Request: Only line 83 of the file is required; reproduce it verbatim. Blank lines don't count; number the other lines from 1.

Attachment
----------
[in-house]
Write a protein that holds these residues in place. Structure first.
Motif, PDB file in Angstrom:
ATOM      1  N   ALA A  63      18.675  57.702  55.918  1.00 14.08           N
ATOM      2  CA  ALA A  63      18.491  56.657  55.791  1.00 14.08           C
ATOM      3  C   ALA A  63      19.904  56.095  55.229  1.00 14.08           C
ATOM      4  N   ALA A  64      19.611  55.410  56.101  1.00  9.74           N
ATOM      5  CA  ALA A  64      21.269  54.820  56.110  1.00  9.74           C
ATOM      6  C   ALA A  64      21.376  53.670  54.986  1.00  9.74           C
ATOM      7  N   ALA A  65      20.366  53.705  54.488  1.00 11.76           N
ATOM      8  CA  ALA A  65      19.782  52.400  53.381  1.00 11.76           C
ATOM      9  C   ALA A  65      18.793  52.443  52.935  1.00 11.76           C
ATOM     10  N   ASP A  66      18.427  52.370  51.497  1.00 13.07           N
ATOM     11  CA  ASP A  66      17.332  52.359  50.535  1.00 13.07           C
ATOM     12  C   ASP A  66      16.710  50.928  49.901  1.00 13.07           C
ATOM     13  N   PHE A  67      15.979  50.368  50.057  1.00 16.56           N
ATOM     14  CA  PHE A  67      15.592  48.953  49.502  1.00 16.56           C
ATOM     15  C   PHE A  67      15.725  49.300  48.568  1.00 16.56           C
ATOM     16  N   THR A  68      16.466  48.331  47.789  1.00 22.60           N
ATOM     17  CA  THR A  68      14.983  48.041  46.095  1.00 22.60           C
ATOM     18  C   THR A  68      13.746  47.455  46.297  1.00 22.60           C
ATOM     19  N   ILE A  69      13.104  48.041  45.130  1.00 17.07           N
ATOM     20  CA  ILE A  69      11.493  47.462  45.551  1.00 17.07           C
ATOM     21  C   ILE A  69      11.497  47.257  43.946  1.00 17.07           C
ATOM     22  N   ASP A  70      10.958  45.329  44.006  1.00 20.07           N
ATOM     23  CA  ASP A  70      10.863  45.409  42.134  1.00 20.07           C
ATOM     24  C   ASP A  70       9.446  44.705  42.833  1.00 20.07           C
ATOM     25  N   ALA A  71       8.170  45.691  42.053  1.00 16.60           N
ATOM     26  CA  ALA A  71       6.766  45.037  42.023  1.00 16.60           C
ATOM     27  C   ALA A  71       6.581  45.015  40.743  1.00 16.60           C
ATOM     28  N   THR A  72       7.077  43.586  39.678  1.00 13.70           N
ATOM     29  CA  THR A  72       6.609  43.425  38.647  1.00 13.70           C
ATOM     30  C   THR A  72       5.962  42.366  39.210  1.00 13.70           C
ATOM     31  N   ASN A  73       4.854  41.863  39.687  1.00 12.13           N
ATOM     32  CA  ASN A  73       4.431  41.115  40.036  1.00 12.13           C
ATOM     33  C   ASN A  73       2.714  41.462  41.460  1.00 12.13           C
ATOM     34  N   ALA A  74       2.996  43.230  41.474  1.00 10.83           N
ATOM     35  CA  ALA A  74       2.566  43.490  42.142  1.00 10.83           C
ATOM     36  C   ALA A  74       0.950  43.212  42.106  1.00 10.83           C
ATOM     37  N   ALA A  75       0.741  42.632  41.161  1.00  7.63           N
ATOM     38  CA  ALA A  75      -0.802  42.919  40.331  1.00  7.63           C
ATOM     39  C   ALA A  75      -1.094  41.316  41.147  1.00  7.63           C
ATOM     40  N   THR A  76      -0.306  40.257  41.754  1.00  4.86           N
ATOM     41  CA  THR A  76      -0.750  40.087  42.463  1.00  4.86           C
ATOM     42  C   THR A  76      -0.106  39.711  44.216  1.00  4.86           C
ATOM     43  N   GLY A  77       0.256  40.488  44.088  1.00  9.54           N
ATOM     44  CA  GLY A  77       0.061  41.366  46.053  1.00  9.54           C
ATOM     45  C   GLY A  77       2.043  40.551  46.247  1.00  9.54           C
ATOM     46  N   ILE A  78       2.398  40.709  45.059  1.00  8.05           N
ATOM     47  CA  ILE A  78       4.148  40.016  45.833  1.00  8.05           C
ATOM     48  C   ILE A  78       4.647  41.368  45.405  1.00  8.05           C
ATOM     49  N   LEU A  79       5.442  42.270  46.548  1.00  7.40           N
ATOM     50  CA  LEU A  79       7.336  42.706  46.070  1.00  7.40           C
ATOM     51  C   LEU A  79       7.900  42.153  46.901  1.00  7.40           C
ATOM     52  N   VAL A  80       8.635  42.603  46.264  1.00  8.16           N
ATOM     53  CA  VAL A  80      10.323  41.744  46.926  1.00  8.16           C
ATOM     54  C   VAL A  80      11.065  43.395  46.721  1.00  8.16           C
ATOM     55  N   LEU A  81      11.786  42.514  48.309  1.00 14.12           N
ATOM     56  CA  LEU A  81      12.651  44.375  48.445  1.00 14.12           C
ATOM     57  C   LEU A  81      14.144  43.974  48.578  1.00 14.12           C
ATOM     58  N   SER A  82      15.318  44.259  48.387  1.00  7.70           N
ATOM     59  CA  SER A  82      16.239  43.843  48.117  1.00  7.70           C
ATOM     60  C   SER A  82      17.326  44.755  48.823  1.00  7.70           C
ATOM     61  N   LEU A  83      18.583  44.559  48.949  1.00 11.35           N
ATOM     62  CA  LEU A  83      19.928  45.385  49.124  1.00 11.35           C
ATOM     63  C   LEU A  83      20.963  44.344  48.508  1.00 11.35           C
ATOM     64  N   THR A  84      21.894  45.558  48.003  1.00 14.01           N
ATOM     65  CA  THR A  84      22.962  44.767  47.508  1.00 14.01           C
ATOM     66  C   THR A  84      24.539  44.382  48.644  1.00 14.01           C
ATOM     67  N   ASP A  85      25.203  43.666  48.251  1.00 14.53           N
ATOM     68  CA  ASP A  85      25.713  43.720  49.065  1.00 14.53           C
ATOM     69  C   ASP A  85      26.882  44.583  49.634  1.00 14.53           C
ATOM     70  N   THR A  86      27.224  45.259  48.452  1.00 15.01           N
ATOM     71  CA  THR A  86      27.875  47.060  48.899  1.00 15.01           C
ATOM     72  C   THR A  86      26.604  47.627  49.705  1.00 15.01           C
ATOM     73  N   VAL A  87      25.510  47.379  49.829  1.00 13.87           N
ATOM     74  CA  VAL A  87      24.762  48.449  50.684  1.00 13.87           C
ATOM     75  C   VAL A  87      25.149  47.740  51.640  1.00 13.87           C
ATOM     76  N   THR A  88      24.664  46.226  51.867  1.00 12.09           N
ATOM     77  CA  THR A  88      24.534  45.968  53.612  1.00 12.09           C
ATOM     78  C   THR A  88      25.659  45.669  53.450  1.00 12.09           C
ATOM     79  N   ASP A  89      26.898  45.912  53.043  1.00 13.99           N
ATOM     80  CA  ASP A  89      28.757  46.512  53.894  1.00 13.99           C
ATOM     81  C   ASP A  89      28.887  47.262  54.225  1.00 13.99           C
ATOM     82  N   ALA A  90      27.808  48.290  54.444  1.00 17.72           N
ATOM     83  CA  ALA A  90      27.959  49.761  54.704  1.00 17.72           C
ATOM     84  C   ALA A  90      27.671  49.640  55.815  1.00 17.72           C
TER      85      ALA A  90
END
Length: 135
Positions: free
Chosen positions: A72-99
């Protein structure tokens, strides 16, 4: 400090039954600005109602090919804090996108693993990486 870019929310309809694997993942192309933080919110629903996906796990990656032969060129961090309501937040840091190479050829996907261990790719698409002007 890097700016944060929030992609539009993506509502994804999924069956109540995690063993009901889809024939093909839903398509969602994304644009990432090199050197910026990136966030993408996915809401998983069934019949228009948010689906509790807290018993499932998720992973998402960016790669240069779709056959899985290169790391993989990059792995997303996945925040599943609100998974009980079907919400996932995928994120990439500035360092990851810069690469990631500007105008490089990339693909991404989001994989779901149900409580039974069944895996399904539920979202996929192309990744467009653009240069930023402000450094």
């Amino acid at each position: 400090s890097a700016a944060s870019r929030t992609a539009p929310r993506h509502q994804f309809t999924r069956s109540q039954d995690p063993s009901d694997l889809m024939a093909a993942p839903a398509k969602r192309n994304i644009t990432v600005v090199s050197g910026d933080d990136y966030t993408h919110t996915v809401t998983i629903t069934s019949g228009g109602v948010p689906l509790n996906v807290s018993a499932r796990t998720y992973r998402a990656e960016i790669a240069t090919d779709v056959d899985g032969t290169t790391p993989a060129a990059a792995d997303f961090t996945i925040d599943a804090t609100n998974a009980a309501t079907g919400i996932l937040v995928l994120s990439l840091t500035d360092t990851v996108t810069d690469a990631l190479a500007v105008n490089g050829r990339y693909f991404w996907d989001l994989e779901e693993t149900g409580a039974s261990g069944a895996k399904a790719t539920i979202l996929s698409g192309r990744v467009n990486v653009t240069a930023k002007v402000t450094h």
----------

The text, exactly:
ATOM     80  CA  ASP A  89      28.757  46.512  53.894  1.00 13.99           C